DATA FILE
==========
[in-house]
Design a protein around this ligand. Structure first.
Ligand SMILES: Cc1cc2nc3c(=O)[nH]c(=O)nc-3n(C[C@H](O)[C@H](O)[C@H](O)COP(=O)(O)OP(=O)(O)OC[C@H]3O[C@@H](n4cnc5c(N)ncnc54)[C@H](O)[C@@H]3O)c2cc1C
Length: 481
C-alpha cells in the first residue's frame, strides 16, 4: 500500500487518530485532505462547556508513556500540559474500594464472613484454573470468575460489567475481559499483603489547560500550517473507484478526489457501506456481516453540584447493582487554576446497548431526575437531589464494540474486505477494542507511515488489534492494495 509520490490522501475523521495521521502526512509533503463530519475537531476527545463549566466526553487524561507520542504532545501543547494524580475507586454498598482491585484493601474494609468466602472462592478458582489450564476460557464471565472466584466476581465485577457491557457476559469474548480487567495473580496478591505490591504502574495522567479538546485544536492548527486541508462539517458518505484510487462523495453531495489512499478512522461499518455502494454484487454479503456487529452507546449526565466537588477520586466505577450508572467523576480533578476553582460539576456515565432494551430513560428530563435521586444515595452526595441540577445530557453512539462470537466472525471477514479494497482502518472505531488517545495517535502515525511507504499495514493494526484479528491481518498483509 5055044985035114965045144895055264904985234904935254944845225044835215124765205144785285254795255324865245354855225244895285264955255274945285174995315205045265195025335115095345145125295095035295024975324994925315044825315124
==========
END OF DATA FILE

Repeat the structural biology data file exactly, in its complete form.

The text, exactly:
[in-house]
Design a protein around this ligand. Structure first.
Ligand SMILES: Cc1cc2nc3c(=O)[nH]c(=O)nc-3n(C[C@H](O)[C@H](O)[C@H](O)COP(=O)(O)OP(=O)(O)OC[C@H]3O[C@@H](n4cnc5c(N)ncnc54)[C@H](O)[C@@H]3O)c2cc1C
Length: 481
C-alpha cells in the first residue's frame, strides 16, 4: 500500500487518530485532505462547556508513556500540559474500594464472613484454573470468575460489567475481559499483603489547560500550517473507484478526489457501506456481516453540584447493582487554576446497548431526575437531589464494540474486505477494542507511515488489534492494495 509520490490522501475523521495521521502526512509533503463530519475537531476527545463549566466526553487524561507520542504532545501543547494524580475507586454498598482491585484493601474494609468466602472462592478458582489450564476460557464471565472466584466476581465485577457491557457476559469474548480487567495473580496478591505490591504502574495522567479538546485544536492548527486541508462539517458518505484510487462523495453531495489512499478512522461499518455502494454484487454479503456487529452507546449526565466537588477520586466505577450508572467523576480533578476553582460539576456515565432494551430513560428530563435521586444515595452526595441540577445530557453512539462470537466472525471477514479494497482502518472505531488517545495517535502515525511507504499495514493494526484479528491481518498483509 5055044985035114965045144895055264904985234904935254944845225044835215124765205144785285254795255324865245354855225244895285264955255274945285174995315205045265195025335115095345145125295095035295024975324994925315044825315124